There are two Pennsylvania state parks in Allegheny County. Point State Park is at the confluence of the Allegheny and Monongahela rivers in Downtown Pittsburgh, and Allegheny Islands State Park is in the Allegheny River in Harmar Township and is undeveloped as of August 2010.
Census-designated places are geographical areas designated by the US Census Bureau for the purposes of compiling demographic data. They are not actual jurisdictions under Pennsylvania law. Other unincorporated communities, such as villages, may be listed here as well.
Many political subdivisions of Allegheny County have come and gone through subdivision or annexation through the years. These include:
† county seat
|Rank||City/Town/etc.||Population (2010 Census)||Municipal type||Incorporated|
|1||† Pittsburgh||305,704||City||1794 (borough) 1816 (city)|
|2||Penn Hills||42,329||Municipality||1851 (Penn Twp.) 1958 (Penn Hills Twp.) 1976 (municipality)|
|3||Mt. Lebanon||33,137||Municipality||1912 (township) 1975 (municipality)|
|4||Bethel Park||32,313||Municipality||1949 (borough) 1978 (municipality)|
|7||Plum||27,126||Borough||1788 (township) 1956 (borough)|
|11||McKeesport||19,731||City||1842 (borough) 1891 (city)|
|12||Wilkinsburg||15,930||Borough||1871 (Sterrett Twp.) 1887 (borough)|
|27||Clairton||6,796||City||1903 (borough) 1922 (city)|
|34||Duquesne||5,565||City||1891 (borough) 1918 (city)|
|53||Trafford (mostly in Westmoreland County)||3,174||Borough||1904|
|66||McDonald (mostly in Washington County)||2,149||Borough||1889|
|106||Ben Avon Heights||371||Borough||1913|
Allegheny County Airport Authority is a Municipal Authority in Allegheny County, Pennsylvania that oversees and maintains the Allegheny County airport system. These include management of Pittsburgh International Airport as well as Allegheny County Airport. The Authority is also a key lobbying and public interest agency often representing the local aviation industry and related industry interests in Harrisburg (the state capital) and on the federal level.
The authority holds over $500 million in debt from construction of the Pittsburgh International Airport.Baldwin, Pennsylvania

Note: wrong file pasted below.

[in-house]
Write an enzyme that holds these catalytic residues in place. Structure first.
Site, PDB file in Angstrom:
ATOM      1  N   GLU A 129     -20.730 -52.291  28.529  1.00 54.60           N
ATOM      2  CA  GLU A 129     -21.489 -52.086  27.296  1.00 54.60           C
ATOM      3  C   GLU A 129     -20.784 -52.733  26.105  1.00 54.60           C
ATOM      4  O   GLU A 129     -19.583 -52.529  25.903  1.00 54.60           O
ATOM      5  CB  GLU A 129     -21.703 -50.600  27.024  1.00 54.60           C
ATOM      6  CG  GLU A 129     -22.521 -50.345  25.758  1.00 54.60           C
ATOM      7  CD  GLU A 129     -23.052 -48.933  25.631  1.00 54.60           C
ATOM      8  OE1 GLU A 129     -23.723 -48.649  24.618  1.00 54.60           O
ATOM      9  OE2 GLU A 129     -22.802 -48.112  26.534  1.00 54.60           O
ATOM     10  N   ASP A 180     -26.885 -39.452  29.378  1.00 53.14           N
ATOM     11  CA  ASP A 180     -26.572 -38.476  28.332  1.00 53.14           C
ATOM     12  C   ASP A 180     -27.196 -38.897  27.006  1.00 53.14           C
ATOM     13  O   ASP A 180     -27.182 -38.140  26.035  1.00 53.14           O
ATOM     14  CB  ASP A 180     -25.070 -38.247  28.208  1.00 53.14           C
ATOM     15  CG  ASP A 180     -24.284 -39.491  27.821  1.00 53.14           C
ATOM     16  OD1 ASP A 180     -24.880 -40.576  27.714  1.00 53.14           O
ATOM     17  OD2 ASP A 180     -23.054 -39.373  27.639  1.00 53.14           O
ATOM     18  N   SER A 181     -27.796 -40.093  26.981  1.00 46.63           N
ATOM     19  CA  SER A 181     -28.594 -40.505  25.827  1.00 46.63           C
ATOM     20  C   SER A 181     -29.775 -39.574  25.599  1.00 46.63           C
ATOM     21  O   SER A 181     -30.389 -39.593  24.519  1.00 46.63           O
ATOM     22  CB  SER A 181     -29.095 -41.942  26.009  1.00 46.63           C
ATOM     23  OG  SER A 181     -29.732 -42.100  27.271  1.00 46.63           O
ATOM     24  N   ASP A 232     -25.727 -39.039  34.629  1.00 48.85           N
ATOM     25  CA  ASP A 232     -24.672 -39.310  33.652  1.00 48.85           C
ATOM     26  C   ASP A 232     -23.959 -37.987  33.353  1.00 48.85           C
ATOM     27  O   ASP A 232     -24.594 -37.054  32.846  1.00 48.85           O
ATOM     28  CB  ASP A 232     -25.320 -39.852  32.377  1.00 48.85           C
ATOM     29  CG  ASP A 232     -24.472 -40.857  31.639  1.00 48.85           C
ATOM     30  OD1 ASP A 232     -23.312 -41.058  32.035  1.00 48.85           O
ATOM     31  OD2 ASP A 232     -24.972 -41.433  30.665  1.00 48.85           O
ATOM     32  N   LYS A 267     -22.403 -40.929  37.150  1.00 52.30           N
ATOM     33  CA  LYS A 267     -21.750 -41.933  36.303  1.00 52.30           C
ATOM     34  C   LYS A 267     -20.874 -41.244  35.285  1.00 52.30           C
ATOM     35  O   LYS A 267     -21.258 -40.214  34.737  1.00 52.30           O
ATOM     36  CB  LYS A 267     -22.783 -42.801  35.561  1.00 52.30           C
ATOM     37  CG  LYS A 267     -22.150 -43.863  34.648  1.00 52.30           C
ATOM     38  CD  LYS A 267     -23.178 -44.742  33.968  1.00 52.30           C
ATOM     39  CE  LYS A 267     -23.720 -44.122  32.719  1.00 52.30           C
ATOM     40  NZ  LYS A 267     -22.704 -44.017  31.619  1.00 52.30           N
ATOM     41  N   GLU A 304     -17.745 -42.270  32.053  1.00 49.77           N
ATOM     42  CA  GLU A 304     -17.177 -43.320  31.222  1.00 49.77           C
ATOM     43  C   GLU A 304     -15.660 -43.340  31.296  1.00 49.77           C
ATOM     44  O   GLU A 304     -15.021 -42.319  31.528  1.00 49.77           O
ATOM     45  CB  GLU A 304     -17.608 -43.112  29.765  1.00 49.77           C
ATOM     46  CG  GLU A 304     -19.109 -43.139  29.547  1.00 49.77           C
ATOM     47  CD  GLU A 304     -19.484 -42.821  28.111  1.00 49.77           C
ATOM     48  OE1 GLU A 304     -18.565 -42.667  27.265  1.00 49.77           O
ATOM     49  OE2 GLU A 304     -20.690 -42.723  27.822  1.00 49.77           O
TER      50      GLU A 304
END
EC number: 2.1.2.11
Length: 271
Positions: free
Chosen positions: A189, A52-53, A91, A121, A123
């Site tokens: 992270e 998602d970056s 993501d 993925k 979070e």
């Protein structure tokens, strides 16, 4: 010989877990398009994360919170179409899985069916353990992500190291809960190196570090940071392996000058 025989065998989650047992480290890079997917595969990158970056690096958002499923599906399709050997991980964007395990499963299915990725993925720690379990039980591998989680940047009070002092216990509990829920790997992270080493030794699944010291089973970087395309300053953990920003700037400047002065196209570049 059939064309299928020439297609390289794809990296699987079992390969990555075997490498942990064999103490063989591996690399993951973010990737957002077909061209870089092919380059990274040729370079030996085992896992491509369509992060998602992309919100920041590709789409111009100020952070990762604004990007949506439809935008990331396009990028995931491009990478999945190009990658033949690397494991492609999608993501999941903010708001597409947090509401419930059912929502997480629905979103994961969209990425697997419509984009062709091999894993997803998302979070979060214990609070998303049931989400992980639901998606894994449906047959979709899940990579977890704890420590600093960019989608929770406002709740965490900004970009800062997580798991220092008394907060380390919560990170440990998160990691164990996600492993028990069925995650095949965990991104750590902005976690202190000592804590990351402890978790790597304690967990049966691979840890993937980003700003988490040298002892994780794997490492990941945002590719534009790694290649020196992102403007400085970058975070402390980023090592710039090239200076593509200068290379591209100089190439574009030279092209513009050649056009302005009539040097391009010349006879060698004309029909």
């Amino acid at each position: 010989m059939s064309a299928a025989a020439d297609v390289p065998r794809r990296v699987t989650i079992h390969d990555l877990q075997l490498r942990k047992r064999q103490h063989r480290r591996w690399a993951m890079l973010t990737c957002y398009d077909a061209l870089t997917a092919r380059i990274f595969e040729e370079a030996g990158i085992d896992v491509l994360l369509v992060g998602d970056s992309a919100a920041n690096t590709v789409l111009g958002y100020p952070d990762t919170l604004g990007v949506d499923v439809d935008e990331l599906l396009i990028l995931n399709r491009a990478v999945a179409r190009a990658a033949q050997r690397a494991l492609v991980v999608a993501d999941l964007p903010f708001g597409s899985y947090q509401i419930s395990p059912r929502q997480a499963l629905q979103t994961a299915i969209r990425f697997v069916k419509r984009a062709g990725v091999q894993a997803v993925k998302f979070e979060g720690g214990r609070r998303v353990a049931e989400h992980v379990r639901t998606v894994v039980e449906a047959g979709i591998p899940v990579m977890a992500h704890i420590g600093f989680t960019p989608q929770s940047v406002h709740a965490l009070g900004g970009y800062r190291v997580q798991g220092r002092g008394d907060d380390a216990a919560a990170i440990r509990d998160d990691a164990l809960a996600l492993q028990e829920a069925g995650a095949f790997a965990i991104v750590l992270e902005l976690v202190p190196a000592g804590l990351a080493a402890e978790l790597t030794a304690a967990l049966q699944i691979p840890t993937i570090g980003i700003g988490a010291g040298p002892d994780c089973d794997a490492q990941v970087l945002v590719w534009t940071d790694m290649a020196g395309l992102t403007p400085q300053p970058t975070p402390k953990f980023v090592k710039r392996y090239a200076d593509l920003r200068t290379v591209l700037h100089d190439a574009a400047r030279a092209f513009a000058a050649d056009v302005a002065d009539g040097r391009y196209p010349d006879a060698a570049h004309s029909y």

Baldwin is a borough in Allegheny County, Pennsylvania, United States, (not to be confused with adjacent Baldwin Township), and is part of the Pittsburgh Metro Area. The population was 19,767 at the 2010 census.Bethel Park, Pennsylvania
Bethel Park, referring to itself as the Municipality of Bethel Park, is a borough with home rule status in Allegheny County, Pennsylvania, and is part of the Pittsburgh Metro Area, approximately 7 miles (13 km) southwest of Pittsburgh. The population was 32,313 at the 2010 census.Blanchard, Allegheny County, Pennsylvania
Blanchard is an unincorporated community and coal town in West Deer Township, Allegheny County, Pennsylvania. It lies at an elevation of 1129 feet (344 m).Evergreen, Allegheny County, Pennsylvania
Evergreen is an unincorporated community in Ross Township, Allegheny County, Pennsylvania, United States.Hampton Township, Allegheny County, Pennsylvania
Hampton Township is a township in Allegheny County, Pennsylvania, United States. The population was 18,363 at the 2010 census.Leet Township, Allegheny County, Pennsylvania
Leet Township is a township in Allegheny County, Pennsylvania, United States. The population was 1,634 at the 2010 census.McCandless, Pennsylvania
McCandless is a Home Rule Municipality in Allegheny County, Pennsylvania, United States. The population was 28,457 at the 2010 census. It obtained a home rule charter on January 1, 1975, and changed its name from "McCandless Township" to "Town of McCandless". Though McCandless no longer operates under the First Class Township Code, it is classified as a first-class township for certain purposes.The inclusion of the word "Town" in its name sometimes causes confusion, since with one exception, a "town" is not a municipal unit in Pennsylvania. Bloomsburg, in Columbia County, was incorporated as a town in 1870, and is legally recognized as "the only incorporated town" in Pennsylvania.
McCandless is part of the North Allegheny School District and participates in the multi-municipality Northland Public Library.
It has been ranked highly among Money Magazine's "Best Places to Live."Mount Nebo, Allegheny County, Pennsylvania
Mount Nebo is an unincorporated community in Allegheny County, in the U.S. state of Pennsylvania.Mt. Lebanon, Pennsylvania
Mt. Lebanon is a township with home rule status in Allegheny County, Pennsylvania, United States. The population was 33,137 at the 2010 census. It is a suburb of Pittsburgh.